Letter of the week: Stephen Bayldon, Mt Roskill
False dilemmas beginning: "Would you rather . . . " are great fun at social gatherings. Sadly, such gatherings are banned here, so I'm sitting at home with the Weekend Herald, pondering an article on the latest public opinion poll (August 29). The Horizon poll found that 76 per cent of Kiwis would rather "continue" Covid-19 related restrictions than "take a less restrictive approach, like Sweden". This comes on top of numerous articles in various publications comparing case rates and deaths among western countries, from the United States to Iceland.
We Kiwis are rightly proud of doing the world's most successful lockdown, thanks to great leadership and public co-operation. At the same time, however, most agree that ongoing lockdowns are unsustainable. This means that we cannot afford to be the proverbial one-trick pony, no matter how impressive the trick. So let's take off our Euro-centric blinders, forget about Sweden, and focus our attention on the sustainable success of Taiwan and South Korea.
By adding universal face coverings and Bluetooth technology to their prevention recipe, these countries have enjoyed Covid-19 transmission rates below R1 without lockdowns. Would we rather be top in the west, or simply the best?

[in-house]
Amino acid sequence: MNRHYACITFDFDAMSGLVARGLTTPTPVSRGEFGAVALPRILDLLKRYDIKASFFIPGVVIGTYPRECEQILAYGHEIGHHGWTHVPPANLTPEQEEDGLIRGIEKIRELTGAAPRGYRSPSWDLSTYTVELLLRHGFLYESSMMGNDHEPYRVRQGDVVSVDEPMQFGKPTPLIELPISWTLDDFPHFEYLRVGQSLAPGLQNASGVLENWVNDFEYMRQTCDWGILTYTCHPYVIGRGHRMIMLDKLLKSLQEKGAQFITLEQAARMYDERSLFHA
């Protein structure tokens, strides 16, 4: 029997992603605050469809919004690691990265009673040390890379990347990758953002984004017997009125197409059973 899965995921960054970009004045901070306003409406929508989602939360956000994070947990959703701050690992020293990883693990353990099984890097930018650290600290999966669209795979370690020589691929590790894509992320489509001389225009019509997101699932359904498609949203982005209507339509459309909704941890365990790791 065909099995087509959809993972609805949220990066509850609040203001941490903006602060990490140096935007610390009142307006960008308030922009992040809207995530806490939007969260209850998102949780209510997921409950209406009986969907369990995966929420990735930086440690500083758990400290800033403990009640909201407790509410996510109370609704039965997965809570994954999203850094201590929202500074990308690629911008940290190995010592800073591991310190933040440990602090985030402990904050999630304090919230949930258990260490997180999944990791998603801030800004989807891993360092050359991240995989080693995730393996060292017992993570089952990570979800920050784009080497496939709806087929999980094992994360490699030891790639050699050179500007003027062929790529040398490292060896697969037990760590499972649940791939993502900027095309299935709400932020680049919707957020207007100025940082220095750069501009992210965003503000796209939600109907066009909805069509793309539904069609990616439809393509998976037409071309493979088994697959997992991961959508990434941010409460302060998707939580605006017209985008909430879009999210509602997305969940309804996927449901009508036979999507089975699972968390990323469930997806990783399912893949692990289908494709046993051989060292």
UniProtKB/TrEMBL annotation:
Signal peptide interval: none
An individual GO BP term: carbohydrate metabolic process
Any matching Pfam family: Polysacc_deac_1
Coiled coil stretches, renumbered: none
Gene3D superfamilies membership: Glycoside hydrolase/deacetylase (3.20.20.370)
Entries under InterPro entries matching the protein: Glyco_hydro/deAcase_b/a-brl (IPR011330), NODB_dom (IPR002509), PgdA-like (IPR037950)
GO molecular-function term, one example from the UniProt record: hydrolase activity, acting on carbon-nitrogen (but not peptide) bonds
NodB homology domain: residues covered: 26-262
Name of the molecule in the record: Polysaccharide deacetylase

I'm not sure why John Roughan (Weekend Herald, August 29) thinks it's "silly" to have a discussion about racism in our society as one of the antecedents of the Christchurch mosque attack; wishing instead for the discussion to focus around the psychological rather than the sociological.
It seems "silly" to suggest that the mosque shooter was free from the influence of his society - no one is. To reduce the attack to the psychology of the individual suggests a pathology which neatly negates the need to engage with overt and systematic racism in our society.
I guess it's easier to do that rather than acknowledge that we might have a system that remains broken for many and supportive of the few.
Sarah Ashworth, Remuera.
The difference between [Kim] Hill's interview techniques with politicians (Weekend Herald, August 29), and [Mike] Hosking's interviews, is that Hill does not show political bias.
Hill questions all politicians with the same direct, no-nonsense manner, whereas Hosking reserves his ridicule, nastiness and sarcasm to interviews with those who hold differing political points of view from himself.
At the completion of interviews, Hill moves on, whereas Hosking continues to fill the airwaves with his own views about the subject.
Hosking has an unwavering belief in his own opinions that he insists on sharing, ad nauseum.
Chris Bayes, Torbay.
In a series of recent publications, Simon Wilson ( NZ Herald, August 22, 28 and 29) has provided three excellent articles, comprehensively analysing our response to the pandemic from the outset.